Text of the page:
Simple test for overtraining



mogulhead

New Member
Jul 18, 2003
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Just came across this simple check list for overtraining. The website it came from was here.

It goes like this.

Simply rate each statement on a 1-5 scale as follows: 1 = strongly disagree; 2 = disagree; 3 = neutral; 4 = agree; 5 = strongly agree.
(1) I slept really well last night.
(2) I am looking forward to today's workout.
(3) I am optimistic about my future performance(s).
(4) I feel vigorous and energetic.
(5) My appetite is great.
(6) I have very little muscle soreness.

Evaluate yourself in this way each morning when you are ready to start your day. If your total score is 20 or above, your overall state of recovery is pretty good and you have probably recovered enough to carry out a high-quality workout on that day. If your total score is below 20, it is probably a good idea to rest or work easily until your score rises again.

Do you people think that this would be useful?

Cheers
 
J

John Tserkezis

Guest
mogulhead wrote:

> Do you people think that this would be useful?


An easier way is to measure your resting heart rate (soon after you wake up).

As you get fitter, it drops, and eventually levels off.

If you observe it going up again, even though you're training hard, it means
you're overtraining.

Of course, this technique means you need a significant amount of data (at
least a month or two) to determine a baseline before being able to get a
reliable diagnosis.



The problem with your suggestion is that it very much involves subjective
feelings and interpetations. I have not found this to be a reliable repeatable
measurable quantity.
It also leaves the daily 'score' somewhat open to drift and/or spikes due to
mood changes, if you're predisposed to that.
--
Linux Registered User # 302622 <http://counter.li.org>
 

mogulhead

New Member
Jul 18, 2003
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This article here suggests that heart rate monitoring is not that good at measuring overtraining and that a questionaire has the best results. An extract of the article is quoted below. I must say that this is something I want to believe as I am hesitant to buy a heart rate monitor due to the cost. Has the heart rate monitor been effective for you in assessing overtraining.

"Heart-rate monitoring comes to mind, but both exercising and resting heart rates tend to do a remarkably poor job of predicting performance and assessing recovery status. One problem is that heart rate is dependent on a wealth of different variables, including emotional state, diet, hydration status, temperature, humidity, sleep patterns, sympathetic and parasympathetic nervous system activity. One or more of these variables could easily mask the drop in heart rate associated with optimal recovery - or might even disguise the ill effects of a totally inadequate recovery!
Bear in mind that measures of wellbeing have often done an excellent job of predicting performance and assessing recovery adequacy."

Cheers
 
O

Oscar

Guest
mogulhead wrote:
> Just came across this simple check list for overtraining. The website
> it came from was 'here' (http://www.pponline.co.uk/encyc/cycling.htm).
>
> It goes like this.
>
> Simply rate each statement on a 1-5 scale as follows: 1 = strongly
> disagree; 2 = disagree; 3 = neutral; 4 = agree; 5 = strongly agree.
> (1) I slept really well last night.
> (2) I am looking forward to today's workout.
> (3) I am optimistic about my future performance(s).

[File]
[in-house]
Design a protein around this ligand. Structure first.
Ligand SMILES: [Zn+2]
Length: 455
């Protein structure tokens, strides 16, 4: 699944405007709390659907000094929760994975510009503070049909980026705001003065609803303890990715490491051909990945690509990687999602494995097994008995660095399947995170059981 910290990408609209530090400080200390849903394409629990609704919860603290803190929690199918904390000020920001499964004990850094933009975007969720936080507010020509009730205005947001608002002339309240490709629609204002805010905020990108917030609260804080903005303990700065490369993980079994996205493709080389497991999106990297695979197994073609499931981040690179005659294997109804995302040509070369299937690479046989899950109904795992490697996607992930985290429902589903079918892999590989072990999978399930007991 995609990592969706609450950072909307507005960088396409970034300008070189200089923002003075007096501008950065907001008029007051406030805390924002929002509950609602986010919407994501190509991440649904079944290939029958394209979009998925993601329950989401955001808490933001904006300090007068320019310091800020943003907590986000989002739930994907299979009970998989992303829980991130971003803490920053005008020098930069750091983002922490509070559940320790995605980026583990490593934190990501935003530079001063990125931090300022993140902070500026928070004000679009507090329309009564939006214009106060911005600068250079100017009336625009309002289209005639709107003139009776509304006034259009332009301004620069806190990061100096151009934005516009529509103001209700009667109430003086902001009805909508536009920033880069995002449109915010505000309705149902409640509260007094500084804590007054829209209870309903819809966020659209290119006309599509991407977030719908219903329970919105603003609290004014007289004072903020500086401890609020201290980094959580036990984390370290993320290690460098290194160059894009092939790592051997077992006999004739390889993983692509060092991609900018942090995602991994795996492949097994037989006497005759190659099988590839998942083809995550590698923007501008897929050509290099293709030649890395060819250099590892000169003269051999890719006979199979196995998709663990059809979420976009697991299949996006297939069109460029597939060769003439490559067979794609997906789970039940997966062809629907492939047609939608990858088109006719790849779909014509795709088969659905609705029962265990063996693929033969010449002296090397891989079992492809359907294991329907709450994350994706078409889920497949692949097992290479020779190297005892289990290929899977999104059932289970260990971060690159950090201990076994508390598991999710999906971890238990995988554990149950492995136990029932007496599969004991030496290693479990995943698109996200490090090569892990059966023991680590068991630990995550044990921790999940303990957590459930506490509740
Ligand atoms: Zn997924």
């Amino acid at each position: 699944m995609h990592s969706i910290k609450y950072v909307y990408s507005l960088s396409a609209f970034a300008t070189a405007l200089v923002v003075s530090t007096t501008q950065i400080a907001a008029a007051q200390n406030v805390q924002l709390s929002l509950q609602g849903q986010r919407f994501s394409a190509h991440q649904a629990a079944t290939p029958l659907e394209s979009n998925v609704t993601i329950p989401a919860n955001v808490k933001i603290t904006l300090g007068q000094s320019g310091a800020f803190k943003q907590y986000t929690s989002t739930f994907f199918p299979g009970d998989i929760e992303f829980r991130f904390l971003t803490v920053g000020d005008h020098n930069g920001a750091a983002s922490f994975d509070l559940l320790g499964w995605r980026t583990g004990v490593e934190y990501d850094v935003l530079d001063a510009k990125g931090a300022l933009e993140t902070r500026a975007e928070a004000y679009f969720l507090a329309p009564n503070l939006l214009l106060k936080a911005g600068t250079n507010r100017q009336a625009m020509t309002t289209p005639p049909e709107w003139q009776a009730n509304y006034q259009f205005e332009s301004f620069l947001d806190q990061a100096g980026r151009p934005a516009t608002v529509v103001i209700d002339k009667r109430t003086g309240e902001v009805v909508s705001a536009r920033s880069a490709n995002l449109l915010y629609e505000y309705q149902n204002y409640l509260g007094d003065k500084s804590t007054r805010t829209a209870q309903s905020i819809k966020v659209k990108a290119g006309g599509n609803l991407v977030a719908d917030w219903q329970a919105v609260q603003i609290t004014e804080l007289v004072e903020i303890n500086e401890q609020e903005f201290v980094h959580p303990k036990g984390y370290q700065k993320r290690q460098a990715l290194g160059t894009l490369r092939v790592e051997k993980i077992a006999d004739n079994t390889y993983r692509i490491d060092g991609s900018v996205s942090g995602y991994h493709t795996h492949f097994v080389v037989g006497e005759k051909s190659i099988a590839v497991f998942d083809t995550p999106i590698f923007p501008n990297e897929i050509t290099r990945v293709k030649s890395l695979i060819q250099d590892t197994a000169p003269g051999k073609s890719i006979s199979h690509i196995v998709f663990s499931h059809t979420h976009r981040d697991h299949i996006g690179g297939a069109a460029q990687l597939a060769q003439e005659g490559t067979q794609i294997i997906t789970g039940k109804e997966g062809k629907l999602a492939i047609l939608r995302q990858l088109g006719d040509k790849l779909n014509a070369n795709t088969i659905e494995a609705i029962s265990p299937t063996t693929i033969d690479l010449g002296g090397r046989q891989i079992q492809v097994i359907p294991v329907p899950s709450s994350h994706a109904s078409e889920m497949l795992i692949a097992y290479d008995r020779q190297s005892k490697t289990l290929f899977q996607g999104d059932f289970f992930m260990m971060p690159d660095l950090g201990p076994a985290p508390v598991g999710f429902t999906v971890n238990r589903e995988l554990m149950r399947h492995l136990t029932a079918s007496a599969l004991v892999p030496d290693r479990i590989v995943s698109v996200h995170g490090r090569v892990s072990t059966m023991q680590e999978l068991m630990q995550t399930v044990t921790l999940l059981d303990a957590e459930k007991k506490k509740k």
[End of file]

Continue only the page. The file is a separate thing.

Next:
> (4) I feel vigorous and energetic.
> (5) My appetite is great.
> (6) I have very little muscle soreness.
>
> Evaluate yourself in this way each morning when you are ready to start
> your day. If your total score is 20 or above, your overall state of
> recovery is pretty good and you have probably recovered enough to carry
> out a high-quality workout on that day. If your total score is below 20,
> it is probably a good idea to rest or work easily until your score rises
> again.
>
> Do you people think that this would be useful?
>
> Cheers
>
>


I remember one from a triathlete that says if you meet three bastards in
one day it means you're overtraining. It works!
 

warrwych

New Member
Jun 7, 2004
1,009
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0
John Tserkezis said:
mogulhead wrote:

> Do you people think that this would be useful?


An easier way is to measure your resting heart rate (soon after you wake up).

As you get fitter, it drops, and eventually levels off.

If you observe it going up again, even though you're training hard, it means
you're overtraining.

Of course, this technique means you need a significant amount of data (at
least a month or two) to determine a baseline before being able to get a
reliable diagnosis.



The problem with your suggestion is that it very much involves subjective
feelings and interpetations. I have not found this to be a reliable repeatable
measurable quantity.
It also leaves the daily 'score' somewhat open to drift and/or spikes due to
mood changes, if you're predisposed to that.
--
Linux Registered User # 302622 <http://counter.li.org>


simple solution - use both methods.. as to the 3 bastards in a day method, i must be permanently overtrained!!!!!!!!!!!!! :p
 

MikeyOz

New Member
Aug 12, 2003
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warrwych said:
simple solution - use both methods.. as to the 3 bastards in a day method, i must be permanently overtrained!!!!!!!!!!!!! :p
from personal experience, heart rate is too unreliable to tell if over trained, I almost know from how I am feeling myself if I am over trained or not, I dont think heart rate would work to measure overtraining, if anything your heart rate would be more effected by the "outside" influences....

I usually meet 3 bastards every day.... cool....